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Richard C O’Brien

Richard C O’Brien

University of Melbourne, Australia

Title: The 2017 australian guidelines for use of lipid lowering therapy in diabetes


Biography: Richard C O’Brien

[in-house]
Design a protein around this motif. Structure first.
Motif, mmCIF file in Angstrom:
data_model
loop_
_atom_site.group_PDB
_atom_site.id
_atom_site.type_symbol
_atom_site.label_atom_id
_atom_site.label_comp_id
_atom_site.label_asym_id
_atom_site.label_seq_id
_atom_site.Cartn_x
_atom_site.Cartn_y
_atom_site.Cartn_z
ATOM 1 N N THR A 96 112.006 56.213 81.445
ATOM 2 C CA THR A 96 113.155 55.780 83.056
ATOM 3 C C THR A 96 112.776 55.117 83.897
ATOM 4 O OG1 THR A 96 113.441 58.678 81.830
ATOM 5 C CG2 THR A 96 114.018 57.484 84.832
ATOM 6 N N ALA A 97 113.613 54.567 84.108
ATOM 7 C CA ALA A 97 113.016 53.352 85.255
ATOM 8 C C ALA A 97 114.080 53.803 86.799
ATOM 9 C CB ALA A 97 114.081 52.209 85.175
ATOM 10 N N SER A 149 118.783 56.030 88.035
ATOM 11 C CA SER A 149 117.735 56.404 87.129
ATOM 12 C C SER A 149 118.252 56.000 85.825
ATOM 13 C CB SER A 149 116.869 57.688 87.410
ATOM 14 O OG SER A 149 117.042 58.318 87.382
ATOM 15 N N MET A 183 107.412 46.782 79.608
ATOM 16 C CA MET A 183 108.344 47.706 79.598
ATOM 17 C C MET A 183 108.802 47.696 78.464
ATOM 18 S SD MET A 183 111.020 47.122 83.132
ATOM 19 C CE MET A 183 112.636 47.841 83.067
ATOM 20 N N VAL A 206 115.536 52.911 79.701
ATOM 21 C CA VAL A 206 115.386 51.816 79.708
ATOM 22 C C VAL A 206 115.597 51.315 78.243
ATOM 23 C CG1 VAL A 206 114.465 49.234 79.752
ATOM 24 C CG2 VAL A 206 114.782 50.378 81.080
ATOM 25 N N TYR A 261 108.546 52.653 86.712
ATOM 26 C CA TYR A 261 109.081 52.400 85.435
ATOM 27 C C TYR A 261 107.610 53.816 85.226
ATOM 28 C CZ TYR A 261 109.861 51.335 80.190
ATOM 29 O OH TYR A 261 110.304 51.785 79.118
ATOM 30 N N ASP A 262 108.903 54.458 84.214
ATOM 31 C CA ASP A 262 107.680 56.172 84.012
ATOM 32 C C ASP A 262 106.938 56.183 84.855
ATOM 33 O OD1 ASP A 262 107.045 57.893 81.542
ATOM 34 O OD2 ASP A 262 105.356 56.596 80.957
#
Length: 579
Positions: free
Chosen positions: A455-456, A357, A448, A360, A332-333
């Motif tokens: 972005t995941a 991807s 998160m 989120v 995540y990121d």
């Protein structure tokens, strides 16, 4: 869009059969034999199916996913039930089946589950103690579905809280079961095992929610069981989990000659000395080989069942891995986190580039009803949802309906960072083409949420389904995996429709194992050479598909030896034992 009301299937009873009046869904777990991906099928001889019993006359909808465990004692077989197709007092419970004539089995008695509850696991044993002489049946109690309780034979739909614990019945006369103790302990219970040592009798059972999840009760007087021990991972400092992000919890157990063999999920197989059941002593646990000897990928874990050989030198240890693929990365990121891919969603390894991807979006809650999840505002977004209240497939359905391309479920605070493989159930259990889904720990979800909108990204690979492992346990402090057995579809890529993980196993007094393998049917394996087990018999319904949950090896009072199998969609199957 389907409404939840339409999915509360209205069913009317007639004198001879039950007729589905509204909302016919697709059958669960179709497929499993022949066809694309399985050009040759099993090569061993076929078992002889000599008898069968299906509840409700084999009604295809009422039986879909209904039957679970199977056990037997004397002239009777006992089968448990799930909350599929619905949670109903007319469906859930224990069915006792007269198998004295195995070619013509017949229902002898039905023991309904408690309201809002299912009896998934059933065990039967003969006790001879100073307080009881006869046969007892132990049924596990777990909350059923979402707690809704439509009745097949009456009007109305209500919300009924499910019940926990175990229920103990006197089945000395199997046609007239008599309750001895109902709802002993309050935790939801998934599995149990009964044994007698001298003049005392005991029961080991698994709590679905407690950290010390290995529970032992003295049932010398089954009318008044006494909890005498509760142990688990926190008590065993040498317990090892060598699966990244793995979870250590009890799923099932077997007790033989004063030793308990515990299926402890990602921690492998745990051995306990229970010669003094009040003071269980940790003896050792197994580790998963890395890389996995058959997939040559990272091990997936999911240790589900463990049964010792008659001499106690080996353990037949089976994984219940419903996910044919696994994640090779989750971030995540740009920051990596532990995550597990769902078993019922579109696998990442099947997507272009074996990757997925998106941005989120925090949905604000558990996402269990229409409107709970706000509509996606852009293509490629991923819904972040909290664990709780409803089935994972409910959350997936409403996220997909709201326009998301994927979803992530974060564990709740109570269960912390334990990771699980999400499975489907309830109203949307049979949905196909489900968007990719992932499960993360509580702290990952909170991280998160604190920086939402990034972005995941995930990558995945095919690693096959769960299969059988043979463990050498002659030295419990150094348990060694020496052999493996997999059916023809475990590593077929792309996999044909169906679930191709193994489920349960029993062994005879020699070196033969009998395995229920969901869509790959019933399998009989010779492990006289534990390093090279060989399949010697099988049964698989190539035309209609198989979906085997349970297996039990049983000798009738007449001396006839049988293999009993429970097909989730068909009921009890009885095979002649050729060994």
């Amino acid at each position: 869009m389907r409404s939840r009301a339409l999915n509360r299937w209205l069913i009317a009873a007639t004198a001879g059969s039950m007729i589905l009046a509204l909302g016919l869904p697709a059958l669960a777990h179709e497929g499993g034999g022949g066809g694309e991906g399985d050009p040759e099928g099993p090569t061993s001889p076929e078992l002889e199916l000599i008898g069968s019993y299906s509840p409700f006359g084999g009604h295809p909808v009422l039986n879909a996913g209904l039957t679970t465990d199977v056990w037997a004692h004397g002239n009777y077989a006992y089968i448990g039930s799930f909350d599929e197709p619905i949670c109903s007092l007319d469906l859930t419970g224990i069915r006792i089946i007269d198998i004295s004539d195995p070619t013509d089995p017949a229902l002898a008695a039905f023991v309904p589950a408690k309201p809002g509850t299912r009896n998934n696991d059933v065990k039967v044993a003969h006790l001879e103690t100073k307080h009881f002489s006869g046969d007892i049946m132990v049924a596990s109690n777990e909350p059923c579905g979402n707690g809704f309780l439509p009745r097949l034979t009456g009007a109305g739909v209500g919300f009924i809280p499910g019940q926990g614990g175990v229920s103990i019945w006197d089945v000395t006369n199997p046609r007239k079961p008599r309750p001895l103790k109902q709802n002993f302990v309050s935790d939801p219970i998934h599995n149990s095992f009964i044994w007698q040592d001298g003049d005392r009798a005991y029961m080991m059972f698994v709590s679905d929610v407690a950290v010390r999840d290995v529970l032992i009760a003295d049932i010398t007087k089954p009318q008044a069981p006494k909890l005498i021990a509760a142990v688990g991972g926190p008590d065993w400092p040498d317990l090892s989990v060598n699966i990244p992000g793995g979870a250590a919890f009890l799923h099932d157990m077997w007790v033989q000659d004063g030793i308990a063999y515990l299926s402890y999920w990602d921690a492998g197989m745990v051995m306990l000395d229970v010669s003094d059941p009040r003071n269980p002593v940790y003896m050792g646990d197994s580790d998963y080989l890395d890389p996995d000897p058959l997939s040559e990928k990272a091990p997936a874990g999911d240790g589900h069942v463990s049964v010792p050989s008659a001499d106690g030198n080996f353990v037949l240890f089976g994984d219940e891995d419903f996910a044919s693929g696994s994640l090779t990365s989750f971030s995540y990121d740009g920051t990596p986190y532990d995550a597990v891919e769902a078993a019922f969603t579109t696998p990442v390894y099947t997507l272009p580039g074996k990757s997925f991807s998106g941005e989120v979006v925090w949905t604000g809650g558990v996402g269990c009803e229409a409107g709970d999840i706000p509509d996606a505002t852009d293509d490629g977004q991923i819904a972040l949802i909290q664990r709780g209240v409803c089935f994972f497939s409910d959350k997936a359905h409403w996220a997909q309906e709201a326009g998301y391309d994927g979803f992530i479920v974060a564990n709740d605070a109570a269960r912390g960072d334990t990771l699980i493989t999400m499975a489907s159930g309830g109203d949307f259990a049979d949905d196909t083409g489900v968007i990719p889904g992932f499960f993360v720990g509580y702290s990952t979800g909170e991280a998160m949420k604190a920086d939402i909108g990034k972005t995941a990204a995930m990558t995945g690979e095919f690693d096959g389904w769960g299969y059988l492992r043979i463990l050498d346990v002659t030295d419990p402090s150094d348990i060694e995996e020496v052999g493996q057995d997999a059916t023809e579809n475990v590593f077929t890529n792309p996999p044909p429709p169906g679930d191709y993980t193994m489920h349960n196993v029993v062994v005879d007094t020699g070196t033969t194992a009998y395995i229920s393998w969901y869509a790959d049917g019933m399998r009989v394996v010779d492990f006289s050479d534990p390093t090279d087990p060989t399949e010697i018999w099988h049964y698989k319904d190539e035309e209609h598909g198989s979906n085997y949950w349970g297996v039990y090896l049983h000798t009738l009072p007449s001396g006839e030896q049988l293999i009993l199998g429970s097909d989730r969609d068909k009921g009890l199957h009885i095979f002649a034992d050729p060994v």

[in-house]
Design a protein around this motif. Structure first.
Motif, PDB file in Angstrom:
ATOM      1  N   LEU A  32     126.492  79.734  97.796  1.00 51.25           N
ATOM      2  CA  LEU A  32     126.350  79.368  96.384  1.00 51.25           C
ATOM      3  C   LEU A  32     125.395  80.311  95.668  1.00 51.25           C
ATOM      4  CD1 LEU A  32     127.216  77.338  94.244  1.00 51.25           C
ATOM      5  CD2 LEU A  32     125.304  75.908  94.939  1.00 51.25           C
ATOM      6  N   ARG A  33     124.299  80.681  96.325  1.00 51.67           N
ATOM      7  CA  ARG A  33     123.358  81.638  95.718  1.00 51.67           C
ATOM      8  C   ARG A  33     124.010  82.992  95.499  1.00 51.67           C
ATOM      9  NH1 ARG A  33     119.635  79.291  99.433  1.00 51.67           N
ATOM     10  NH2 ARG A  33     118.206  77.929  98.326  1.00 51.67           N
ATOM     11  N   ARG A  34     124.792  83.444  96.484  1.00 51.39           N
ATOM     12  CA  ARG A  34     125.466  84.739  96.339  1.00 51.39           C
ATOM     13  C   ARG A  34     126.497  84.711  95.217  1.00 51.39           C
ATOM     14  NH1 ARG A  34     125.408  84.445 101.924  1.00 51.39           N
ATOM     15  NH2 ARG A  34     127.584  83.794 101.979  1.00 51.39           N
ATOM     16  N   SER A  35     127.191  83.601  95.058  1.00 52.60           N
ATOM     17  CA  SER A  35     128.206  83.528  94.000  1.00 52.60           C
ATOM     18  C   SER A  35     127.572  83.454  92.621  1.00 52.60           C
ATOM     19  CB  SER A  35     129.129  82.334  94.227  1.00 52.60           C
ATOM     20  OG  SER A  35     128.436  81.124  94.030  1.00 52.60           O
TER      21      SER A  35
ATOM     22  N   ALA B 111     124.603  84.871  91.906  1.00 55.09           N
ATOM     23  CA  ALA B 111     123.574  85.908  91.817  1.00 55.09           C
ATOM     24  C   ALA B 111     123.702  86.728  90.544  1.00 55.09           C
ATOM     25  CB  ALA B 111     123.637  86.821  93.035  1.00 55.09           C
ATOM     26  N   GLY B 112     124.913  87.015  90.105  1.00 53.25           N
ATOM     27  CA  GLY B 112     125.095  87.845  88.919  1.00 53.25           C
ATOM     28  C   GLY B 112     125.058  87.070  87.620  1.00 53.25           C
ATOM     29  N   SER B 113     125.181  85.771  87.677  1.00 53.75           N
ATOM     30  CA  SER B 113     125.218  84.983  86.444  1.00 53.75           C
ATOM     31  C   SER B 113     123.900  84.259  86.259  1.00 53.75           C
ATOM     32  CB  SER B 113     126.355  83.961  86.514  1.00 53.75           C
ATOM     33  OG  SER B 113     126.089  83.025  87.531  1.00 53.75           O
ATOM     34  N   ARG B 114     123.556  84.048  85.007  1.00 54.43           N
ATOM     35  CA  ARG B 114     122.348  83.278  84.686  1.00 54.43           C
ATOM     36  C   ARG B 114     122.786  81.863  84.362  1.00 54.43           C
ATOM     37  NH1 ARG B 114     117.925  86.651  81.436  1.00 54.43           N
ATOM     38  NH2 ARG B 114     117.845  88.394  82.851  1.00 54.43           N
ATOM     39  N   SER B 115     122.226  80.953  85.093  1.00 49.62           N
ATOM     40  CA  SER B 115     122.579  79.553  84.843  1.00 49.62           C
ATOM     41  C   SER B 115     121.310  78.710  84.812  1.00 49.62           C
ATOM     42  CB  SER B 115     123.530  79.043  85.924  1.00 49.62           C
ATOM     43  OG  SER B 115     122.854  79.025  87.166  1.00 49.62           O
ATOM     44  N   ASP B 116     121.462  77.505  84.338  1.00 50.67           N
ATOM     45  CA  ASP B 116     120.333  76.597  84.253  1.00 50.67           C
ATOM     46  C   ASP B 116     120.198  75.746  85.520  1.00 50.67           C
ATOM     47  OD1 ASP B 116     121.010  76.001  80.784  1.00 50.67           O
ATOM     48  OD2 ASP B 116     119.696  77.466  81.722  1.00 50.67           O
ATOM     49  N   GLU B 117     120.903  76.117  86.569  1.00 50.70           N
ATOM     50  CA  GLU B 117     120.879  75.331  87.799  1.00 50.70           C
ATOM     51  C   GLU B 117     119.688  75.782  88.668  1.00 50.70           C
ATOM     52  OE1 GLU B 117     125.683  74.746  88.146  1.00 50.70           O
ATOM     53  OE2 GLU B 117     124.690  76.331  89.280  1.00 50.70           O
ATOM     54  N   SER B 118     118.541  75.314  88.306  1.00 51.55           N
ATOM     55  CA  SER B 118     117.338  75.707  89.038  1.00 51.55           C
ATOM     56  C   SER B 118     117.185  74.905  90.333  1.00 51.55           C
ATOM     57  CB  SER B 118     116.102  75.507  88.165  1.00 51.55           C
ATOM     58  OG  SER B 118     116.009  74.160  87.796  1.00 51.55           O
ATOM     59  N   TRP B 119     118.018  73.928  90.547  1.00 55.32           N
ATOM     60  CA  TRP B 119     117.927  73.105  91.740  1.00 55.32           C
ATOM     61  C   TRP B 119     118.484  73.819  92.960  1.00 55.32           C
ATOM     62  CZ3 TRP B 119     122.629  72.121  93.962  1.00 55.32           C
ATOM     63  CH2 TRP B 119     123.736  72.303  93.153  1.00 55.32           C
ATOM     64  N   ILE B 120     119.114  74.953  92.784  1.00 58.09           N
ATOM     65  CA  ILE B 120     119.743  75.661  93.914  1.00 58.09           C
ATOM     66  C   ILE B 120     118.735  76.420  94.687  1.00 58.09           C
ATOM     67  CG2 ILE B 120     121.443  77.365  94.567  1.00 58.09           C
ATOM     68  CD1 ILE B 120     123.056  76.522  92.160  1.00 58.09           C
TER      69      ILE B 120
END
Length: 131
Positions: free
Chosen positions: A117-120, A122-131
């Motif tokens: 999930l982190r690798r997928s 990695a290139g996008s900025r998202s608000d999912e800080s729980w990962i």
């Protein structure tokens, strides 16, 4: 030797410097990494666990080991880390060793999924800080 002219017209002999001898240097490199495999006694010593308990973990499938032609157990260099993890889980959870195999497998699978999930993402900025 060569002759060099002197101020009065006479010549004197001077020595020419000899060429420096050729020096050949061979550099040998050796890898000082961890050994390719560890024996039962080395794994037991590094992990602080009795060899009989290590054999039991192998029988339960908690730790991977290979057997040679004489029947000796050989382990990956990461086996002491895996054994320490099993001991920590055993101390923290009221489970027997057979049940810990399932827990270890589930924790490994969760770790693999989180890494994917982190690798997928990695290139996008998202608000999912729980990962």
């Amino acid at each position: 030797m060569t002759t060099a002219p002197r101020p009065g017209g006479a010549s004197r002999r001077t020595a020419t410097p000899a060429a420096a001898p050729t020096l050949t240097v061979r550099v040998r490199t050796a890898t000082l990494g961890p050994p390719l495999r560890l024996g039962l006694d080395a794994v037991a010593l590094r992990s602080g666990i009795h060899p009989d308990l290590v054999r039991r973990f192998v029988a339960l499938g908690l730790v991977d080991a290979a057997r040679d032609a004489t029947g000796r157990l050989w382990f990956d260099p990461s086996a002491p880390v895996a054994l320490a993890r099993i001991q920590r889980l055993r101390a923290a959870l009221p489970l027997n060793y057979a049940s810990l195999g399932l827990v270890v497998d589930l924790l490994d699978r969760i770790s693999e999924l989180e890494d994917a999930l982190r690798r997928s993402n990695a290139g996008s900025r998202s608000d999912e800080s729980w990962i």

Lipid lowering therapy, particularly with statins, is a powerful tool to reduce cardiovascular (CV) risk in people with diabetes. However, controversy exists as to exactly who should be treated, and how aggressively. The 2017 Australian Diabetes Society Lipid Guidelines recommend treatment for high risk individuals regardless of baseline LDL cholesterol (LDL), and calculation of absolute risk, with an adjustment based on presence of micro-vascular complications, for those not obviously at high risk. Statins are recommended for all patients with established CV disease (CVD), and in those with significant risk factors such as renal impairment. In patients without CVD, treatment is recommended if 5 year CV risk is ≥10%. High intensity statin is recommended for patients with existing CVD or high risk (≥15%), and moderate intensity statin for risk 10-15%. LDL should be reduced by ≥50% and to a target of <1.8 mmol/L for high risk; and by ≥30% with a target of <2.0 mmol/L for moderate risk patients. Ezetimibe is recommended if targets are not reached. Elevation of triglycerides, especially with low HDL-cholesterol, is associated with increased CV risk even when LDL controlled, and fibrates can reduce risk in that setting. Fenofibrate does not interact with statins, and may be added to statin therapy where LDL is at target but triglycerides are ≥2.3 mmol/L and HDL is low (<1.0 mmol/L male; <1.29 mmol/L female). Fenofibrate has been shown to reduce the development of diabetic retinopathy, even in people with normal triglycerides, and should be initiated in all type 2 diabetic patients with existing retinopathy.